V3.2 Highlights - Improved Usability

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V3.2 Highlights - Improved Usability

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Ability to export/import a PipeLay project file to/from XML/text files – Allows for customised macros or scripting of model and analysis inputs independent of the PipeLay user interface. Such macros or scripting can be done using Excel, Python, Matlab©, or other similar means and it empowers users to further automate their installation analyses.



Command line options for running analyses without opening project files – Again, enables external scripting of analyses batches and queues, which helps users to build their own automation tools around PipeLay.



Direct vessel movement parameters on the analysis component – You no longer have to use vessel offset components to statically move the vessel during installation stages, instead the movements can be specified on the parameters tab of the analysis component. This gives greater flexibility to multi stage analysis where the level of movement varies from one stage to the next.



Automatic free rotation angles for non-linear flex joints – Suitable moment-angle curves for flex joints can be generated by the user interface to allow free rotations up to a set of pre-defined limiting angles. This represents an efficient method for creating hinges along a floating stinger and reduces the need for external spreadsheets to calculate suitable non-linear curves.



Option to specify stinger flex joint curves relative to the horizontal rather than to initial orientations – Moment-Angle curves for flex joints have in the past always had their origin (undeformed orientation) coinciding with the articulated section orientations specified on the stinger component. This meant if you changed the section orientations then the flex joint curves may have also needed changing so as to maintain overall rotational consistency. Now there is an option to force the curves to always be relative to the horizontal and independent of initial orientations.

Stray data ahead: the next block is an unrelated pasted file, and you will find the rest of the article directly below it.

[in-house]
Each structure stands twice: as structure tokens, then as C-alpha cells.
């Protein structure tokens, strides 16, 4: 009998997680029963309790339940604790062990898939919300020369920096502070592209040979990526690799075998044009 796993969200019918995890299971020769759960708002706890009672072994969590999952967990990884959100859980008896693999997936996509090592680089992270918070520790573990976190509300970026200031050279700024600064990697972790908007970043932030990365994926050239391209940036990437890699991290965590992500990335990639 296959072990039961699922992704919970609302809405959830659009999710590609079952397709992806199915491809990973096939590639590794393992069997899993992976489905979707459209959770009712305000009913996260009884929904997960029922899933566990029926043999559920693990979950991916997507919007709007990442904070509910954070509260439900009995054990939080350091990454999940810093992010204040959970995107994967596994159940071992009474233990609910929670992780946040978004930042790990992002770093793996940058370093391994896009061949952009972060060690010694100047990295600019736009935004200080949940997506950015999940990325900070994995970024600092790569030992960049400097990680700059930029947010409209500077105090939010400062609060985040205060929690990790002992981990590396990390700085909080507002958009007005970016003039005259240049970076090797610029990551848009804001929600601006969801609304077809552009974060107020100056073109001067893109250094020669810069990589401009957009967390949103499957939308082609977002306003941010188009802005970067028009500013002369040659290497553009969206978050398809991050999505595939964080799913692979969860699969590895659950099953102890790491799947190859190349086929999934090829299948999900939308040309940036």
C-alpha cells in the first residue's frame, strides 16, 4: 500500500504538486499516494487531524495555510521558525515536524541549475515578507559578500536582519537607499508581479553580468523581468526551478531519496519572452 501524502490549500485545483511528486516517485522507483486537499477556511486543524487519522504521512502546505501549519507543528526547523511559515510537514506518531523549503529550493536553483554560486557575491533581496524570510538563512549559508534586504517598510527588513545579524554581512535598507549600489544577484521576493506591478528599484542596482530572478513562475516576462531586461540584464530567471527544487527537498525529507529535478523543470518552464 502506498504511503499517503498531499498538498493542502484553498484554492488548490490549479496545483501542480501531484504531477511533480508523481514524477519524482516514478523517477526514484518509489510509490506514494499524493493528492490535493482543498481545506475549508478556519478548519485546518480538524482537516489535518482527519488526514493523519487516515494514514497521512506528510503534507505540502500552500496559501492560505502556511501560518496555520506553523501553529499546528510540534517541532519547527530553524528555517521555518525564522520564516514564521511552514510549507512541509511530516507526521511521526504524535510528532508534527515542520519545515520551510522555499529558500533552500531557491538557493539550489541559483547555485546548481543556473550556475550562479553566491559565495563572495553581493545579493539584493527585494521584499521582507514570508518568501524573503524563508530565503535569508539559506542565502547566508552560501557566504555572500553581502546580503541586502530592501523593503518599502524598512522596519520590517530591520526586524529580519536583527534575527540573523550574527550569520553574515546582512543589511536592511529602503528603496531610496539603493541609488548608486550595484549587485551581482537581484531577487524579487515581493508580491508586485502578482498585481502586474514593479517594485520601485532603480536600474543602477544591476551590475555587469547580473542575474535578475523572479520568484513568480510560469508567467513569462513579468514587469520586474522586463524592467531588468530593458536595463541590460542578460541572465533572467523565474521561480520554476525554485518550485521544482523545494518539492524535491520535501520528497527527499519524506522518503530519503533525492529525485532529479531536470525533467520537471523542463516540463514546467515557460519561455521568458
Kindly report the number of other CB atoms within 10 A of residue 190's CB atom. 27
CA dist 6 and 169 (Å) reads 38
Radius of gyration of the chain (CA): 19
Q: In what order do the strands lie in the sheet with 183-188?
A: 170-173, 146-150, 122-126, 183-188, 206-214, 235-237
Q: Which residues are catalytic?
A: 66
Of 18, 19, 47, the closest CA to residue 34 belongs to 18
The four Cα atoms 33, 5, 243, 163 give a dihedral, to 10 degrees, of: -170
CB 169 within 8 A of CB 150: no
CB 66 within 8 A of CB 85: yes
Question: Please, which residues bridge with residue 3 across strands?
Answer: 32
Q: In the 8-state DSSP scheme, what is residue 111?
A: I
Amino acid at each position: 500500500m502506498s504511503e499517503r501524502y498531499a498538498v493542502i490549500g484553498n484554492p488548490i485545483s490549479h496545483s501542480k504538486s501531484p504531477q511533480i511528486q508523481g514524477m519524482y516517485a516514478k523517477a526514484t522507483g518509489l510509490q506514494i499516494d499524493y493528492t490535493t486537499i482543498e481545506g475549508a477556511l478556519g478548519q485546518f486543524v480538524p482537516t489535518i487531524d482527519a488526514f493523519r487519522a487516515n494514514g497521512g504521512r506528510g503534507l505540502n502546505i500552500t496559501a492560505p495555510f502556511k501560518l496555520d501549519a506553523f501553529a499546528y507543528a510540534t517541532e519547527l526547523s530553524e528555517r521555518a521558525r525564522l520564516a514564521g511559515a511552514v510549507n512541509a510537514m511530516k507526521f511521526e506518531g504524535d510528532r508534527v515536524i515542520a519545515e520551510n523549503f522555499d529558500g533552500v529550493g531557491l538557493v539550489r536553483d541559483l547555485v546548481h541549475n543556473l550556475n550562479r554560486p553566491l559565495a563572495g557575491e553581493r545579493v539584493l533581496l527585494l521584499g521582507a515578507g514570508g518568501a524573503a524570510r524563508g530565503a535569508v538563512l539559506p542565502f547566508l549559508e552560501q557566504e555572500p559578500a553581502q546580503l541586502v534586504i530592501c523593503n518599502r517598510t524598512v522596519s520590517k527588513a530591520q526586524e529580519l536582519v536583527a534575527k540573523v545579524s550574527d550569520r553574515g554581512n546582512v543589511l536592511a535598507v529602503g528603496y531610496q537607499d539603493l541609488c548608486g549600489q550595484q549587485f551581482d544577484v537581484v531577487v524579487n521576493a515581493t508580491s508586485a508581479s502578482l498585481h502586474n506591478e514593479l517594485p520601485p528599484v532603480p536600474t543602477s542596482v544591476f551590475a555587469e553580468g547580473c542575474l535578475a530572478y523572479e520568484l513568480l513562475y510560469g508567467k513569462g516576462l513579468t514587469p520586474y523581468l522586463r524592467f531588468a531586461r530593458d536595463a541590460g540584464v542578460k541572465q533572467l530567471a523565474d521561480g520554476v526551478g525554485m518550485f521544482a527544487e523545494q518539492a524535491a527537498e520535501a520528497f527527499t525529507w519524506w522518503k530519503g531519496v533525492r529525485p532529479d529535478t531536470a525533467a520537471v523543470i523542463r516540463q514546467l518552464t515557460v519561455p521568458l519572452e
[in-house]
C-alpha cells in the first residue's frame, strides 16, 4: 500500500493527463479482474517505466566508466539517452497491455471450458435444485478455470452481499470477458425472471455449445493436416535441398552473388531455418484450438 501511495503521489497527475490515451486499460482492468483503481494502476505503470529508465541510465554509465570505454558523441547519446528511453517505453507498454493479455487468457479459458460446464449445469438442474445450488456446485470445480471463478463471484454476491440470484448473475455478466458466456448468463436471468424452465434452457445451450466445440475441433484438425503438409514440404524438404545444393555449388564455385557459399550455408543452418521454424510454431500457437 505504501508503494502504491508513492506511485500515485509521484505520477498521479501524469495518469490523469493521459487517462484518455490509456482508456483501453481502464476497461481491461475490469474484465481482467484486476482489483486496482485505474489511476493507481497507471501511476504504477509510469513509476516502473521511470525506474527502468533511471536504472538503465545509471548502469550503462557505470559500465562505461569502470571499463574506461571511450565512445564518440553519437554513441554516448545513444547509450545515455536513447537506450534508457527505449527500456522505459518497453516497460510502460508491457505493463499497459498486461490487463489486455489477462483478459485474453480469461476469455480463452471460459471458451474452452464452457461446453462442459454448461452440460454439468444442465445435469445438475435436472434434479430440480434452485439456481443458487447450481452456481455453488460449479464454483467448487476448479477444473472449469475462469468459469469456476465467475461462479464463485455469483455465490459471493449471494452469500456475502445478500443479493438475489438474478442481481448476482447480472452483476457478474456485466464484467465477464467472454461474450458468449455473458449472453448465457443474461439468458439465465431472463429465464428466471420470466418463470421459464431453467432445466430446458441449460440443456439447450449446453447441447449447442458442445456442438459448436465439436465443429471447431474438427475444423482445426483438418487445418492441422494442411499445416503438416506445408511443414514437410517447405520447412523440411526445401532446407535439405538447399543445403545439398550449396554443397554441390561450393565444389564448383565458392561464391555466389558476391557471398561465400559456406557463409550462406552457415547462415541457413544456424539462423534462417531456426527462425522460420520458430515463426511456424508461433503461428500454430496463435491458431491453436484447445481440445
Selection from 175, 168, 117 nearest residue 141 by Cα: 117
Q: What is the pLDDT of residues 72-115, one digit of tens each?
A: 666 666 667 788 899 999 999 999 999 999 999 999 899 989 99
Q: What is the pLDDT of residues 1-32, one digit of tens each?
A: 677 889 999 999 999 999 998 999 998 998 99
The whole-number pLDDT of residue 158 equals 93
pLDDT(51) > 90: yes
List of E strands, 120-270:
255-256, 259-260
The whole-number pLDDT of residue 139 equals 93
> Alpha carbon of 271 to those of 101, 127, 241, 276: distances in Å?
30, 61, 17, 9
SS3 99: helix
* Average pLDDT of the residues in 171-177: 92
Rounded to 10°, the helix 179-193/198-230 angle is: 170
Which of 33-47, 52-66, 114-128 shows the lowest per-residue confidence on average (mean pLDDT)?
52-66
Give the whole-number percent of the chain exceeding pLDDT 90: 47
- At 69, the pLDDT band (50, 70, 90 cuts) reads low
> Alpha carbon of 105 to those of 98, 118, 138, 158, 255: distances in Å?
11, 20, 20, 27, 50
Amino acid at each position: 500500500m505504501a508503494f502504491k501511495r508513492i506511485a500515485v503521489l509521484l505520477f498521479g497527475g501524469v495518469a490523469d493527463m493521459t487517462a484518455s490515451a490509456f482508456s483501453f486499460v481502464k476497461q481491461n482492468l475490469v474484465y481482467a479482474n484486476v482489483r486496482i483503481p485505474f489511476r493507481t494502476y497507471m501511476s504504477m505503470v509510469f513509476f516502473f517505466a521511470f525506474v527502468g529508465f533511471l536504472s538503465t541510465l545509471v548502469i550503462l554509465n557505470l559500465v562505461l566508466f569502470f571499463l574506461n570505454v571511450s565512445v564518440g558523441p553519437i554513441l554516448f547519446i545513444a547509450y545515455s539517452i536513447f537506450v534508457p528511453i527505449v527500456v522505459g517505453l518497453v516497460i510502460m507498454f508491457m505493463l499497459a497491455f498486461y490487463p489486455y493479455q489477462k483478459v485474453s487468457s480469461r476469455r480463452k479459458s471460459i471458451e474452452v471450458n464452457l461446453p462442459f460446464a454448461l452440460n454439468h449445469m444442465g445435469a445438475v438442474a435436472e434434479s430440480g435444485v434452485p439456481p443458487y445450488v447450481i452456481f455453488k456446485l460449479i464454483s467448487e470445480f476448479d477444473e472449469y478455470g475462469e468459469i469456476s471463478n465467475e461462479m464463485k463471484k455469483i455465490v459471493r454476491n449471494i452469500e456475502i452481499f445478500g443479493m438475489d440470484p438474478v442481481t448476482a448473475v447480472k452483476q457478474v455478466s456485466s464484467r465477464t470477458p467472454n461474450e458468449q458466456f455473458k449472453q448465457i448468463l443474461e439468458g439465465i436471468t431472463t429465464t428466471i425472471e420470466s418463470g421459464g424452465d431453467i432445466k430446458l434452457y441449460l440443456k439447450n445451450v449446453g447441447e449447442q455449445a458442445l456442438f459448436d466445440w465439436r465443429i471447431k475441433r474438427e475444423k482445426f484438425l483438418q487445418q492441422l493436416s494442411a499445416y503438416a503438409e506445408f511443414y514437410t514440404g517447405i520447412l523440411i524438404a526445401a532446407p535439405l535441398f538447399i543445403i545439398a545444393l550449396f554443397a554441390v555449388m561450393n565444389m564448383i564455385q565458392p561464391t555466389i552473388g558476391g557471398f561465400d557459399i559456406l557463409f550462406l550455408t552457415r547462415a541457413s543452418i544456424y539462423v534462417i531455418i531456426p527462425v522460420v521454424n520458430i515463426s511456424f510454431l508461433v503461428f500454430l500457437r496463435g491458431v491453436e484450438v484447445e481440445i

Upgraded examples set – More realistic specifications and application of modelling best practice throughout, which makes the new examples set a more valuable reference and template for users.



Criteria tension can be used as a replacement for the expected tension on stress-strain materials – The maximum allowable tension criteria in an installation stage can automatically be used to convert material stress-strain data to pipe moment curvature data, rather than the expected tension input on the material component, which must be changed by the user for each different analysis.



Ability to specify joint lengths and field joint cut backs in the calculation of average pipe section weights – Pipe section components now allow you to define the expected length of a pipe joint as well as the length of any coating cut back. These inputs adjust the calculated average pipe section weight to reflect the presence of field joints between coated portions.



Loads can now be applied to internal line connections even when the connections themselves are not used in the model – Allows for placing point loads at arbitrary positions along the line without having to connect secondary components to the line. In previous versions loads at internal connections were only generated when the connections themselves had something connected to them.



Accumulated length column on the line stack-up – Shows the gradual build up in overall length as the stack-up is built. This can help clarify the net effect of adding more pipe joints/sections to a stack-up.



Remove all button on analysis component tabs and disable preview option on installations stages tab – Each of the stage lists on the analysis component can emptied in a single step using a remove all button. Also, the stage preview on the installation stages tab can be disabled if it is taking considerable time/resources to finish processing a model.